The 104th district was drawn to force a contest between the Democratic and Republican representatives who had been representing the area during the 1980s. Given the political demographics of the new 104th, not even a well-financed campaign by an experienced, respected Democratic incumbent, Helen Satterthwaite, could prevent the equally well-funded incumbent Republican, Tim Johnson, from winning 61 percent of the vote. The corresponding 52nd Senate District elected the incumbent Republican senator with 58 percent of the vote. The new map helped Republicans defeat an incumbent Democrat.
Democrats were also able to frustrate the intentions of Republican cartographers because they enjoyed an advantage in the number of incumbents seeking reelection. Fifty-two
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Democratic incumbents sought reelection to the House, while Republicans had only 27. Because of their large majority from the 1990 election, the Democrats had more incumbents to begin with. In addition, a number of Republican House members ran for Senate seats being vacated by the retirement of Republican senators, who were under no pressure to run again because of the adoption of a Republican map.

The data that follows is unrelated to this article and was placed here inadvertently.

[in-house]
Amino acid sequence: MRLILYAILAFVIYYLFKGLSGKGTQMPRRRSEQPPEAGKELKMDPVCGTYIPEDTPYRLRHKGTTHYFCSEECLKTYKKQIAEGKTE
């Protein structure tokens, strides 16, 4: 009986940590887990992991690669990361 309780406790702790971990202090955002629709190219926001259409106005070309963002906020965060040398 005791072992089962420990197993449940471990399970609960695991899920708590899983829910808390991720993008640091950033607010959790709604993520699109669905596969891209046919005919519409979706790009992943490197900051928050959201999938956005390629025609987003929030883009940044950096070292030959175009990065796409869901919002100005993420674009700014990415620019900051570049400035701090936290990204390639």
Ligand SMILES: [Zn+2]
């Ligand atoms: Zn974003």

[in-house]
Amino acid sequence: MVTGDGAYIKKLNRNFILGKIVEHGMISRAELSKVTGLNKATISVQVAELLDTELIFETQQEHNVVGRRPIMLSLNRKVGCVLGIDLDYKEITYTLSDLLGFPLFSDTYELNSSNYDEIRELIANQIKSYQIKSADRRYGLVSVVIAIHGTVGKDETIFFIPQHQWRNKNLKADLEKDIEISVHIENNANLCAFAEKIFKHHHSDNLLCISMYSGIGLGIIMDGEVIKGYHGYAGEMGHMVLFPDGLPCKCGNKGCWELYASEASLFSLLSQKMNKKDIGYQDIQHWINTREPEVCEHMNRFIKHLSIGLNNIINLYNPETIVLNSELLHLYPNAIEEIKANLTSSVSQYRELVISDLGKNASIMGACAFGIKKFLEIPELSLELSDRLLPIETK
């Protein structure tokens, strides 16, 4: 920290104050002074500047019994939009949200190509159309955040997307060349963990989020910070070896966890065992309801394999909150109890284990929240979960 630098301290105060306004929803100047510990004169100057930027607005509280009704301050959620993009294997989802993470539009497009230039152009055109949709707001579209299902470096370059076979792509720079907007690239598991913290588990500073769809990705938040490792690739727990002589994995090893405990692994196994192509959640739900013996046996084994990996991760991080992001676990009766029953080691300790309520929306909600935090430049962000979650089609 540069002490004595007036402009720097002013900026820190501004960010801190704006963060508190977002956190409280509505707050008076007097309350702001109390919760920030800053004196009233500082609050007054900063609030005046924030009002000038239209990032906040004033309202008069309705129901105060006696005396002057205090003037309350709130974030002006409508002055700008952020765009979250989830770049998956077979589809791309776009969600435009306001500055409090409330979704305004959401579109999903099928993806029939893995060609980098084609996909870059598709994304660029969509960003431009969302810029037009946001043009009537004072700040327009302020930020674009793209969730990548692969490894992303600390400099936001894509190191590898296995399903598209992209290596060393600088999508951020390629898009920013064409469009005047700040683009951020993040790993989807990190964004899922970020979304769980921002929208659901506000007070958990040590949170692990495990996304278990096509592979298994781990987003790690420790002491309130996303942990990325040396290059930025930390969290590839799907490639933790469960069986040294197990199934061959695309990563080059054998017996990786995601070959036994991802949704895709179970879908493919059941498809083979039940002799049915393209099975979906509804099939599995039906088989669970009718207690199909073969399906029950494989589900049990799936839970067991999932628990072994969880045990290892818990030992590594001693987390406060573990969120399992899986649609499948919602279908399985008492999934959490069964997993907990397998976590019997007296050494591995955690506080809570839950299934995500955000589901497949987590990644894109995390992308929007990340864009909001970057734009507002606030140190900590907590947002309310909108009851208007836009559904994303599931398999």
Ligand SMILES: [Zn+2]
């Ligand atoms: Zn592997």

The reelection of one Democratic incumbent illustrates how the advantage of incumbency and serendipitous events can overcome the benefits of favorable district boundaries.
Republicans drew the 100th House District, which shares Springfield with the 99th House District, to favor a Republican candidate. Much like their handiwork in Champaign County, mapmakers constructed the 100th district to include the homes of two incumbent lawmakers, Democrat Mike Curran and Republican Karen Hasara. The objective was to force Curran to run against Hasara in a district tailored to her, or to move north into the 99th district which was strongly Republican and also contained much more territory new to Curran.